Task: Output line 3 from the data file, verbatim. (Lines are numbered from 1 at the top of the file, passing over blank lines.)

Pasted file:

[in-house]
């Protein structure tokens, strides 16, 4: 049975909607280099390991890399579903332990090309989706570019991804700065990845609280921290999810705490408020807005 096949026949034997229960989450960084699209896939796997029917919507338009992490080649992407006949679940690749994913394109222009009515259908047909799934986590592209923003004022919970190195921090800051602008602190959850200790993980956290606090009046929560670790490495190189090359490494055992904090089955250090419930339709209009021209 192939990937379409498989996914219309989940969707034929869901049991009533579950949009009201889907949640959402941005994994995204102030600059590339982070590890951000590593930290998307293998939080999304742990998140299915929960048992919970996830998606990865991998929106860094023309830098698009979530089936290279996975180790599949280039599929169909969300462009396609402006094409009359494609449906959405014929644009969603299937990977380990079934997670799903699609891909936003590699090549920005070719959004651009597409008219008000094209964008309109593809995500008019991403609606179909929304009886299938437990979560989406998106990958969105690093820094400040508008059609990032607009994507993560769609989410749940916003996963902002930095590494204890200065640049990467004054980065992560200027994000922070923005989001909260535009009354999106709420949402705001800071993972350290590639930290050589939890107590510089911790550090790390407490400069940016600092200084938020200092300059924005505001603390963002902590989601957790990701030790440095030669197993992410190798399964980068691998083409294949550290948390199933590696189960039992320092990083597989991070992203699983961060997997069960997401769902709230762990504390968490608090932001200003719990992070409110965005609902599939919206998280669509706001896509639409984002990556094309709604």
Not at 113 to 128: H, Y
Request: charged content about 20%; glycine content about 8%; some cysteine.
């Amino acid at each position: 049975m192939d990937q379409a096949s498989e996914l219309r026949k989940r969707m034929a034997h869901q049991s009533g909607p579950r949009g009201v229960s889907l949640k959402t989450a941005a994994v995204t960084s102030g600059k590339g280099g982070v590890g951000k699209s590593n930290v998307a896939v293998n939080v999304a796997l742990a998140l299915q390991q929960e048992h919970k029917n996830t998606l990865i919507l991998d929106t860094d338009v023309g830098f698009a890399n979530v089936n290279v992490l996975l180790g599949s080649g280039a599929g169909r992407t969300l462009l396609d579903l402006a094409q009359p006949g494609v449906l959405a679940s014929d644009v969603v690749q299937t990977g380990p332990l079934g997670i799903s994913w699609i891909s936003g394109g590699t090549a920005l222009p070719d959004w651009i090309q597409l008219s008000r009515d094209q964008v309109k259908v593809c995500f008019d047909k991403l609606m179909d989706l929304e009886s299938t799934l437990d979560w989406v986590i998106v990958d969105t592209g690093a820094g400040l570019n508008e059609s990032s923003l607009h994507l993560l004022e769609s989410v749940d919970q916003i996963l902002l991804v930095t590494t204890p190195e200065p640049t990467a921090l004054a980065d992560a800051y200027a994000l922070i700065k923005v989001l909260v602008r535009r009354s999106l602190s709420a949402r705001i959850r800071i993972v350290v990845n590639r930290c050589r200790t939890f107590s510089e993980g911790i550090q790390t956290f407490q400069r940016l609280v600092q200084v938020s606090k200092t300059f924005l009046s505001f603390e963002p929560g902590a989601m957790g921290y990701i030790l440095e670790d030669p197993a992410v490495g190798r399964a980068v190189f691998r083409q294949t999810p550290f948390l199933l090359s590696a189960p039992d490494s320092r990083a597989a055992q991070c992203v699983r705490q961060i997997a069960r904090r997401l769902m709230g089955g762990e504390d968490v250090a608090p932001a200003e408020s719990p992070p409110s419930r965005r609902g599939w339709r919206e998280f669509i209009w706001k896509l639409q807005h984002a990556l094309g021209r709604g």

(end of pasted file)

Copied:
Not at 113 to 128: H, Y